Just before lunchtime, a break in the weather heralded a visit to the reserve to see what was about, other than a billion litres of water. Well, to be honest, it was mainly water. So here's a photographic record of the extent of the flooding (for the very good reason that if we ever have a Summer in 2013, we can look back at this and be grateful).
This is the view from the far end of the reserve, adjacent to the large Oak tree. The nearest stretch of water is the single track road, after the greenery there's the river and then it's Haversham Lake and the sailing club. Although you would be forgiven for thinking it's just one big puddle.
As usual, when the Great Ouse bursts its banks hereabouts, the reserve is the first port of call. Having topped up the security ditch, the flood water was pouring into the main lake across the "path that never was".
In the Far Paddock, the ephemeral ponds were looking rather less than ephemeral!
Alongside the paddock, parts of the hedged track were under water, but it didn't prevent us from admiring this fungi-laden branch.
Meanwhile, the view from the Far Hide back towards the centre was fairly monotonous, with only a few bits of bund vegetation visible. Admittedly, nowhere for the Lapwings and other plovers to feed, but at least it might knock back some of the weed growth. In other good news, the temporary bridge hadn't floated away, but was still inaccessible.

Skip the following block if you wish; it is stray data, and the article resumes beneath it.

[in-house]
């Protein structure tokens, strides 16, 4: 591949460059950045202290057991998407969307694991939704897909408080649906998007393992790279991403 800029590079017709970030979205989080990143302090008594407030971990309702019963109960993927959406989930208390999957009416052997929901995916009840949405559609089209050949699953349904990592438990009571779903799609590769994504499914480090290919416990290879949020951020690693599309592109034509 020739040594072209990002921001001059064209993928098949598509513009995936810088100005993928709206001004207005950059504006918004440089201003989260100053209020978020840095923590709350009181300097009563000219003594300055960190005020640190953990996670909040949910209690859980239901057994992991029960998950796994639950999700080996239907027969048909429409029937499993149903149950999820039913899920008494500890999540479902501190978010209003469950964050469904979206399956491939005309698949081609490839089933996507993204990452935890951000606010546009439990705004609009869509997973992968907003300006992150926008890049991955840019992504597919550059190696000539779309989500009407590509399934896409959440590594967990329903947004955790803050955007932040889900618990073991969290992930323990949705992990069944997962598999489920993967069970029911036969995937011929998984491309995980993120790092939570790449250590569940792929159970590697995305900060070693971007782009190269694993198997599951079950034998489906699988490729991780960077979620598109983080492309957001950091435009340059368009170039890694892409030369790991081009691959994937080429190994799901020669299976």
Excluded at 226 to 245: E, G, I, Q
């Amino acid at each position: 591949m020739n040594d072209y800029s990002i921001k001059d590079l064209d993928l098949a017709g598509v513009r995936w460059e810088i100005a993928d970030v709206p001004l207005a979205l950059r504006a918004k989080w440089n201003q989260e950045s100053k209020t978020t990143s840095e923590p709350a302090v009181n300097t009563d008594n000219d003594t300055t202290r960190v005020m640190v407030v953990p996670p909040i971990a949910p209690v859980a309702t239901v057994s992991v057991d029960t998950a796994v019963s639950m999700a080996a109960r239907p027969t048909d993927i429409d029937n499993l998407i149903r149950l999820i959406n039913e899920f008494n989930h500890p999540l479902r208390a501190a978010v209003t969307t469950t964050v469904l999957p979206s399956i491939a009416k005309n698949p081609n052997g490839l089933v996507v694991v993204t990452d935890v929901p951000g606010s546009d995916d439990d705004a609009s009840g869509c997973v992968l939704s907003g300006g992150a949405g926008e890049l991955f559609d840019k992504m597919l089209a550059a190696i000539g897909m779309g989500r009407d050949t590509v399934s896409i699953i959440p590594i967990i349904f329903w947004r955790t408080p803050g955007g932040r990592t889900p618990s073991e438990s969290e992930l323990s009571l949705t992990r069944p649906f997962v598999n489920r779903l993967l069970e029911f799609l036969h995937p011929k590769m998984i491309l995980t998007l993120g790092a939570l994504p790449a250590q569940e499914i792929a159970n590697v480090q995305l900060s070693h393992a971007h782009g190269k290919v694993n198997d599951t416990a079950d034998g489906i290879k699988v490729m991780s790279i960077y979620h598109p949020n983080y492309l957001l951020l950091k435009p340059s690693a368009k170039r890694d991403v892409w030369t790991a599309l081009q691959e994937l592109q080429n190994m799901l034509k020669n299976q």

Water levels had stopped rising just in time, before they flooded the track between St Peter's Lake and the main lake.
The Woodland Hide may have to be re-christened the Mere Hide!
Whilst putting out a small amount of seed for the birds, I couldn't help noticing the bridge IN troubled waters.
By the time I returned to the hide, I'd already missed a Sparrowhawk, my wife kindly informed me!
But things soon calmed down and all the usual feathered suspects were still present.
Back out on the main track, this area in front of the carved bench was bone dry earlier this year and we wondered how it could possibly ever recover. Ta dah! Who would have thought it?
Happily, flood levels on the boardwalk were passable, though it didn't prevent Mrs W from proving once again that she can walk on water.
It was much the same story from the Near Hide, barely a bit of bund to be seen.
In the Near Paddock, the lake was inching ever nearer the most recent seat to be modified for horizontal bottoms.
Finally, all that water has to go somewhere. Here it is exiting the main lake via the perimeter track and flowing into Blackhorse Lake.
I hope you all have a Happy New Year and a warmer, drier, wildlife-laden 2013.